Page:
Stink bugs are those little shield shaped bugs, sometimes bright green in color, sometimes brown. They are known for the awful stench they give off when they are squished.
If you grow fruits or vegetables, especially in the west, chances are good that you have had a problem with stink bugs at least once.
The best thing you can do to avoid having a stink bug problem is to find them where they live. So where do stink bugs live?
In the fall and winter, stink bugs love to live under debris. They will make their home under fallen leaves, little pieces of wood and other debris found in nature.
During the spring and summer months, stink bugs come out from hiding and when they do they will make their home on your plants. They love fruit and vegetable plants and are especially fond of legumes.
This is where stink bugs present a problem. When they occupy your fruit or vegetable garden, they will suck the juices out of the plant or fruit. When they do this, they leave behind yeast that will rot your fruits and vegetables. At the very least, they will leave ugly spots on your crops.
If you want to avoid this problem in the spring, be proactive and start cleaning up all the debris around your garden in the fall. The best thing you can do is to take away their harborages since in this case, it is not an option to take away their food source.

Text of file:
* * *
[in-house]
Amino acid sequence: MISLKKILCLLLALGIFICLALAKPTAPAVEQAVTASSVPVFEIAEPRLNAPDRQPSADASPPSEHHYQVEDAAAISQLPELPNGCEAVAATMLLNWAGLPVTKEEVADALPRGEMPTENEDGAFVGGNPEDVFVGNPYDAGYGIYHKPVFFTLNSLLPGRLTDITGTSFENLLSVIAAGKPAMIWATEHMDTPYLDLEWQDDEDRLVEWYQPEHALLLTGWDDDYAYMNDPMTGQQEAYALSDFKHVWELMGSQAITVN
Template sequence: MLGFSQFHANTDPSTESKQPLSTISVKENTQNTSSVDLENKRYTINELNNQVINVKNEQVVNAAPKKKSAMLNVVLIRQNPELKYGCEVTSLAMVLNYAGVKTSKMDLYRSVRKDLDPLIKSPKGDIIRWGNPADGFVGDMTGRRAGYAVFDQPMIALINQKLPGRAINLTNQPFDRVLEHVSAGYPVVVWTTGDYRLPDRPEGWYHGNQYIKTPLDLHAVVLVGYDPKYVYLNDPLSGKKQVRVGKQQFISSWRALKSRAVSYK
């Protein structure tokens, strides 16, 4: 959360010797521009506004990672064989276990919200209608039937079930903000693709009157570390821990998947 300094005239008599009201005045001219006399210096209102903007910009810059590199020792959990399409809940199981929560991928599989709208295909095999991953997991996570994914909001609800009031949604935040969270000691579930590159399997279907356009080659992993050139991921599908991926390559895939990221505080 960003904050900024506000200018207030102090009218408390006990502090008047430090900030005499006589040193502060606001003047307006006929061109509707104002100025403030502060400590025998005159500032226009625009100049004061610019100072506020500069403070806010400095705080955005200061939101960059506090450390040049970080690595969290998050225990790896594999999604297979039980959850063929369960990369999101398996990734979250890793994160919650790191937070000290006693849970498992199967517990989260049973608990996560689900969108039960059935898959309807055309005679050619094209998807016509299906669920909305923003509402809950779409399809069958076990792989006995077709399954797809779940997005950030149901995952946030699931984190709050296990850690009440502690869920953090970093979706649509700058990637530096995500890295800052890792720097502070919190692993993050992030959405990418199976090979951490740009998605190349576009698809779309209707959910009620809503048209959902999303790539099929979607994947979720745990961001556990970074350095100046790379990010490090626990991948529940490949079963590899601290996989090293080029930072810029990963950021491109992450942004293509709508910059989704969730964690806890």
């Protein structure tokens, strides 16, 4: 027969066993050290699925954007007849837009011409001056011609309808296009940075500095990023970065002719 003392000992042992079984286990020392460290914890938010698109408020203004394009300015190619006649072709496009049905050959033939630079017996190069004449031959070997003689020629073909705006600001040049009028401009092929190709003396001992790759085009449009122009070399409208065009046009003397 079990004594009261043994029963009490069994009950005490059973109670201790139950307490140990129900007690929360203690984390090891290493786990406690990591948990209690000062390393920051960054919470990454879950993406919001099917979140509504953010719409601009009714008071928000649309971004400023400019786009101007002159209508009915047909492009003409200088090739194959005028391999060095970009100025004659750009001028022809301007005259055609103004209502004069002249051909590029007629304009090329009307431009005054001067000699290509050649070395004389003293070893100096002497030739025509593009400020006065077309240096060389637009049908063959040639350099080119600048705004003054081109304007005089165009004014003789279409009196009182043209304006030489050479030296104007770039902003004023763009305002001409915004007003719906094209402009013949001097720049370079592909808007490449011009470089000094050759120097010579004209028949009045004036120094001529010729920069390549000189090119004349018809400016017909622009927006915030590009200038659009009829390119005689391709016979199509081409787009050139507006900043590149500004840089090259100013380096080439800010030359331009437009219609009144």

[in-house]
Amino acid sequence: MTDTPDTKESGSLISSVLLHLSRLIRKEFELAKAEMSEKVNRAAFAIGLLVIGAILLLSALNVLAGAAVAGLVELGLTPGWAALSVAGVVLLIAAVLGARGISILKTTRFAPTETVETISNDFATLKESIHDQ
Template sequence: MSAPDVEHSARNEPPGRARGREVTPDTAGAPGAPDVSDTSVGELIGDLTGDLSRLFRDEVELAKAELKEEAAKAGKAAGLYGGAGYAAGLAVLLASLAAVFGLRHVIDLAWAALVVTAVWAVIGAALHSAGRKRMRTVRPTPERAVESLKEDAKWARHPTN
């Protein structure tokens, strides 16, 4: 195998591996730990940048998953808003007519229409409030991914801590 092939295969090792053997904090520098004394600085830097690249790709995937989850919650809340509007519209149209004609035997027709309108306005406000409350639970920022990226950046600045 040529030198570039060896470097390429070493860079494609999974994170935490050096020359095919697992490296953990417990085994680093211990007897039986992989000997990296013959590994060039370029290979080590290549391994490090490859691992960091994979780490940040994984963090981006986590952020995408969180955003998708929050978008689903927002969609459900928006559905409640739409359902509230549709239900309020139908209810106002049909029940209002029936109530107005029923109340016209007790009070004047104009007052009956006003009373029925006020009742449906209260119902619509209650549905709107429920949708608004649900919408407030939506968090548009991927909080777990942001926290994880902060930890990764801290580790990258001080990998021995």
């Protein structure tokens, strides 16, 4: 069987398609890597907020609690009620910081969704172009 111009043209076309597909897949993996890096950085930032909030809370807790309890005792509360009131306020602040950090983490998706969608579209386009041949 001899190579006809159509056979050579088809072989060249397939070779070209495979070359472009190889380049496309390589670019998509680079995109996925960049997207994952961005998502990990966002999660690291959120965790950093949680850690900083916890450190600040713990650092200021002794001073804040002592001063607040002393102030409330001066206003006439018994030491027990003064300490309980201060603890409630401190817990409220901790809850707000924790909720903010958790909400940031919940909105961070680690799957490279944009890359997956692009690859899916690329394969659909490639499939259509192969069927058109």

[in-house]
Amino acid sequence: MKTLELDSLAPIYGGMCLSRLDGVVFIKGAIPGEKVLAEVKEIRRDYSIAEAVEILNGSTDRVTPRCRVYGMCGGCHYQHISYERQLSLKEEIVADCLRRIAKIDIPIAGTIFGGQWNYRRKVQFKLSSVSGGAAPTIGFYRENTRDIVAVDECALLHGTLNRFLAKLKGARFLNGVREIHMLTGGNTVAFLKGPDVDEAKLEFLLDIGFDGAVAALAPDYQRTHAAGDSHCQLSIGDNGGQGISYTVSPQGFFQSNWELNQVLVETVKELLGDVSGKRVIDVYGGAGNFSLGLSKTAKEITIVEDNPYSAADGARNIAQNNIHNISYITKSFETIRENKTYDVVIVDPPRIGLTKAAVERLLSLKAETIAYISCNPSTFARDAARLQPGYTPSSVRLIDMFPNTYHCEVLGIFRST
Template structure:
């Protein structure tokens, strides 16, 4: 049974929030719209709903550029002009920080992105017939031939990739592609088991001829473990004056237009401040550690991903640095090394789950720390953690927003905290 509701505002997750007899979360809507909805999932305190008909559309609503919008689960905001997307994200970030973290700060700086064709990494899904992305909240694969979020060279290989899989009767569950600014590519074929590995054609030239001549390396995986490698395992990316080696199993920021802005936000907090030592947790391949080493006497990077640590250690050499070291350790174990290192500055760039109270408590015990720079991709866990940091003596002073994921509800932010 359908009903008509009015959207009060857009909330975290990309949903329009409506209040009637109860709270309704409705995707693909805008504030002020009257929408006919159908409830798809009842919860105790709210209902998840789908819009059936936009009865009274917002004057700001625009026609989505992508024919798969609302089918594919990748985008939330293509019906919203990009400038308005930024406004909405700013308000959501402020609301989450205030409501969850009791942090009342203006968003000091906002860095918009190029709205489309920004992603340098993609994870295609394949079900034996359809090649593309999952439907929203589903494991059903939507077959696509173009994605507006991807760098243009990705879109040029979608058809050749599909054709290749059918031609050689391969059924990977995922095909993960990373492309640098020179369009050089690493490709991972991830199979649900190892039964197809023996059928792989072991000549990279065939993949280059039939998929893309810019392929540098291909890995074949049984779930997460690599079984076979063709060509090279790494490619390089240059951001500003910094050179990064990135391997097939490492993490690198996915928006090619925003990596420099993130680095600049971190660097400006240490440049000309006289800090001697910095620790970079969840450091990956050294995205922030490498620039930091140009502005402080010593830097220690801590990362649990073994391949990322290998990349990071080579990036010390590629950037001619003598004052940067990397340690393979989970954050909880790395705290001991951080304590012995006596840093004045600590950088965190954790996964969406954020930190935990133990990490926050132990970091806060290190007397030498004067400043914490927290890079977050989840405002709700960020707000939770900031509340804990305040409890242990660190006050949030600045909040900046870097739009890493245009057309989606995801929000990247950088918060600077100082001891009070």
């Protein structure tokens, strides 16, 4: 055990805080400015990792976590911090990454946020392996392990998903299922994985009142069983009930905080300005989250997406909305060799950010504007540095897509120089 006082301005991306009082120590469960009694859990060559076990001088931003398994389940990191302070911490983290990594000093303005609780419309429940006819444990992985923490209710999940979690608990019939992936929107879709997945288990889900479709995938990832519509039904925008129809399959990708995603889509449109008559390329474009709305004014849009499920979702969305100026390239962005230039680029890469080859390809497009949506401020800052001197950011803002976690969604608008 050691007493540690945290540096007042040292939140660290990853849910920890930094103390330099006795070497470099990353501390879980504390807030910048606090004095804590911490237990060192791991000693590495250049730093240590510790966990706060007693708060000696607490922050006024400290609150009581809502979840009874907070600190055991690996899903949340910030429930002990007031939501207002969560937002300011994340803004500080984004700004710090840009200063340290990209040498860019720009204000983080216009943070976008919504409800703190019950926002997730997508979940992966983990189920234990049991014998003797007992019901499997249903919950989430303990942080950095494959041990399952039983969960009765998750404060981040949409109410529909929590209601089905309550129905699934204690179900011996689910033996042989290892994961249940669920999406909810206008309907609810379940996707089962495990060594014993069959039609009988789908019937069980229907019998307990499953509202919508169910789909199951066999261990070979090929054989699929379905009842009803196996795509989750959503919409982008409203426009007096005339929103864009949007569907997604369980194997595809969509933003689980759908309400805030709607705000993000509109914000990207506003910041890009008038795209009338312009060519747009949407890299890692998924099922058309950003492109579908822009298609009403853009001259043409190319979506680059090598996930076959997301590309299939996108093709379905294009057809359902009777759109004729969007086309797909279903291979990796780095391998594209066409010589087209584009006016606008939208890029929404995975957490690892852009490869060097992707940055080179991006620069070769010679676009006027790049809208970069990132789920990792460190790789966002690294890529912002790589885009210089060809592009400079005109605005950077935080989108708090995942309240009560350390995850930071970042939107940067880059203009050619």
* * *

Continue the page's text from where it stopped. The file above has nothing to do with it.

You can also put down a safe, time release, bio pesticide before they go into hibernation. If you do this, you will find that you won’t have an epidemic of stink bugs to deal with in the spring.
When spring comes around and your plants are sprouting you can use a topical pesticide on the plants. EcoSMART carries very effective bio pesticides, some of which are so safe, they are exempt from EPA regulations.
When applying pesticide to your plants, make sure you get a good coating under the leaves. This is where the stink bugs like to live.
Stink bugs can be a major nuisance if you are growing fruits and vegetables but just a little effort put towards prevention will solve most of your problem.